Over the Hil
Increasingly Democrats are “getting over” Hillary Clinton. Indeed, if polling data is accurate, the majority of Democrats distrust Hillary, are to the left of her, and think her an establishment politician who will not deliver. Those impressions make Bernie Sanders increasingly a winner among Democrats; his ideological purity makes him more, not less, attractive compared to Hillary because it evinces an honesty and integrity she lacks. Hillary Clinton believes she will be protected from defeat by a “firewall” in the South, but it is more likely that her “firewall” is tissue paper thin and that Sanders can shred it.
Hillary Clinton has contended that conservative Southern Democrats together with Blacks and Hispanics in the South will overwhelmingly favor her over Sanders. She takes that position in part because of the broad appeal in those communities that her husband enjoys. Unfortunately for Hillary, however, she is no Bill Clinton and more and more Democrats are disappointed by that realization. She lacks his affability, apparent compassion, and glib nature. She cannot “roll with the punches” but has a brittle and angry aspect that makes her unlikeable. If Bill Clinton was “the first Black president,” as some in the minority community have called him, Hillary Clinton is hopelessly white by comparison. Bill could “feel the pain” of those who were suffering, including or most especially minorities, or so goes his image. Hillary appears to feel no pain but her own and to react to that not with affability but with irritability. She lacks her husband’s vibrance and love for others.
She is wooden, staged, and indistinguishable from other establishment politicians that the public presently hates. She lacks personal appeal and charisma. Her speeches fall flat because they are rehearsed and delivered robotically; they lack depth, are expressed without emotion or apparent sincerity, and, most importantly, reveal obvious pandering to constituencies from which she needs votes. Yet, Hillary’s record in public office reveals the delivery of nothing of consequence for those constituencies.
A perfect political storm now surrounds Hillary, all of her own making, and it threatens to envelop and overwhelm her campaign. The fact that at any moment FBI Director James Comey could send Attorney General Lynch a recommendation for issuance of a bill of indictment for numerous violations of the laws governing classified information and for public corruption is a very dark cloud over her head that follows her everywhere. The fact that her connections with Wall Street, receipt of huge speaking fees, and pandering to firms who would later support her campaign all feed into Bernie Sanders’ narrative about her are undeniable elements of her history that the public despises. Making matters worse, rather than admit to any fact of adverse political consequence to her, she responds by falsely denying the existence of the facts and by broadcasting staged lines that attempt to equal or outflank Sanders on the left. Increasingly Democrats are coming to the realization that Hillary cannot be trusted to deliver what she promises, precisely because she lies with such consistency that her integrity is always in doubt; her history is one of self-aggrandizement even if that means tying the knot with leading financial interests; she has used many people to achieve personal aims only to abandon them and be disloyal to them if the association is inconvenient; and she lacks a record of any significant achievement.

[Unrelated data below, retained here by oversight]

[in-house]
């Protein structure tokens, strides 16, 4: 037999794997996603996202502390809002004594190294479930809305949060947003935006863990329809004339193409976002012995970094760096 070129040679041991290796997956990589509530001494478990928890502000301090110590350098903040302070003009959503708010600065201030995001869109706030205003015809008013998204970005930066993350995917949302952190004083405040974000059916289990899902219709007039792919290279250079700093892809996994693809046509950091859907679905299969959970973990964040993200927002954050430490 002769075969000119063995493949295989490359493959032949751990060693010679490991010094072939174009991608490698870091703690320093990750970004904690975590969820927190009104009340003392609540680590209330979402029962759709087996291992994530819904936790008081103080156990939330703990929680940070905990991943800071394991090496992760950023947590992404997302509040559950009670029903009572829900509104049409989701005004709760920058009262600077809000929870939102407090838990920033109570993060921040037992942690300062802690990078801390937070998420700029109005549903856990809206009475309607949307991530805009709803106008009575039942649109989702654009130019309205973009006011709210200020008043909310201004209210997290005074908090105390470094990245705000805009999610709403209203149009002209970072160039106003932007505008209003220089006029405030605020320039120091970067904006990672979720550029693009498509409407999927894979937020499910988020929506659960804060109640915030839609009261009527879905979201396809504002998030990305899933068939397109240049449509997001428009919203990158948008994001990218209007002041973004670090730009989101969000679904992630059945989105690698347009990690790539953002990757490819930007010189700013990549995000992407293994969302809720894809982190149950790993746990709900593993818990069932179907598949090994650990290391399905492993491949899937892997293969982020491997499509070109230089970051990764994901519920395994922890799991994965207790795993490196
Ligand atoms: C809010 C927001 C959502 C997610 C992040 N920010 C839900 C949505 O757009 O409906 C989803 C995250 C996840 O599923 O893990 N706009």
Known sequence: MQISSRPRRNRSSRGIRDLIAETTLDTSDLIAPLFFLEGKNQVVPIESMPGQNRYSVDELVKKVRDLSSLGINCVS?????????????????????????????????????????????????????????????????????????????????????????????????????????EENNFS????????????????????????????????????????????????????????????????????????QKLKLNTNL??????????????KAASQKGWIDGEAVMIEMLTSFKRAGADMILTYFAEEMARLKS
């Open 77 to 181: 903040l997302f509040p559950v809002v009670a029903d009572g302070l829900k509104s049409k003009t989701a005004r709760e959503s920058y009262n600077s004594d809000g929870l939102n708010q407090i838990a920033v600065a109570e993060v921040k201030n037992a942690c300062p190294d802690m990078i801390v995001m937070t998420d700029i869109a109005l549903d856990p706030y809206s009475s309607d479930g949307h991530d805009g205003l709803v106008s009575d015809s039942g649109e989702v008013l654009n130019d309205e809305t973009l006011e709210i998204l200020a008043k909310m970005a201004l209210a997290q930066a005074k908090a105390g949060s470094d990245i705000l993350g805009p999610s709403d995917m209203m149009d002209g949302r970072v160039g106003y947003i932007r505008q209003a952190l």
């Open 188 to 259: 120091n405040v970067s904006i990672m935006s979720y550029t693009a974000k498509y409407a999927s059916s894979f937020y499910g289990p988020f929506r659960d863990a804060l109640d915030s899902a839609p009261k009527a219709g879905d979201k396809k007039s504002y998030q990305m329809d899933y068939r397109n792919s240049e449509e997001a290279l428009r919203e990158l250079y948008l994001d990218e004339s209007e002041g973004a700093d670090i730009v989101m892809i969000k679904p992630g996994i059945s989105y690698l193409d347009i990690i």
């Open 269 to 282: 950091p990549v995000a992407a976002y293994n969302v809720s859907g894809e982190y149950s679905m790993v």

When Sanders’ history of civil rights activism comes to the forefront and as he increasingly embraces the causes of Black and Hispanic activists, he will undoubtedly cut into Hillary’s support, perhaps decisively. That quest is made easier by virtue of the fact that Hillary is distrusted based on her constant reinvention and near pathological recitation of false statements. When in the polling booth and Democratic voters are contemplating who they can trust to pursue their agenda, many will find the impulse to vote against Hillary and for Sanders irresistible.
In the end, Bernie Sanders rises because his reputation for honesty and integrity is high and his political message resonates with the far left who dominate the Democratic party. Hillary falls because she cannot be trusted and, as a result, no one knows whether she believes in what she says let alone whether she will fight to achieve what she promises. Sanders, by contrast, is a true believer, a genuine socialist who admits he is such. In an environment where Democrats have no problem calling themselves socialists, that far left position does not alienate Sanders but only elevates him. Hillary, by contrast, has no apparent ideology, no conscience that makes truth her lodestone, and no shame associated with the endless shifts in her political positions that litter her past, even her recent past.
Consequently, while it may be that Joe Biden will step in and secure the nomination if Hillary is indicted or drops like a rock due to a recommendation from Director Comey that she be indicted, until then it is likely that more and more Democrats will refuse to hold their noses and vote for Hillary. They will instead choose Bernie, because at least they know where he stands and can trust him; moreover they need not fear that he will be indicted or prosecuted during the general election. In short, a burgeoning majority of Democrats nationwide are “over the Hil” and are “feeling the Bern.”
© 2016 Jonathan W. Emord – All Rights Reserved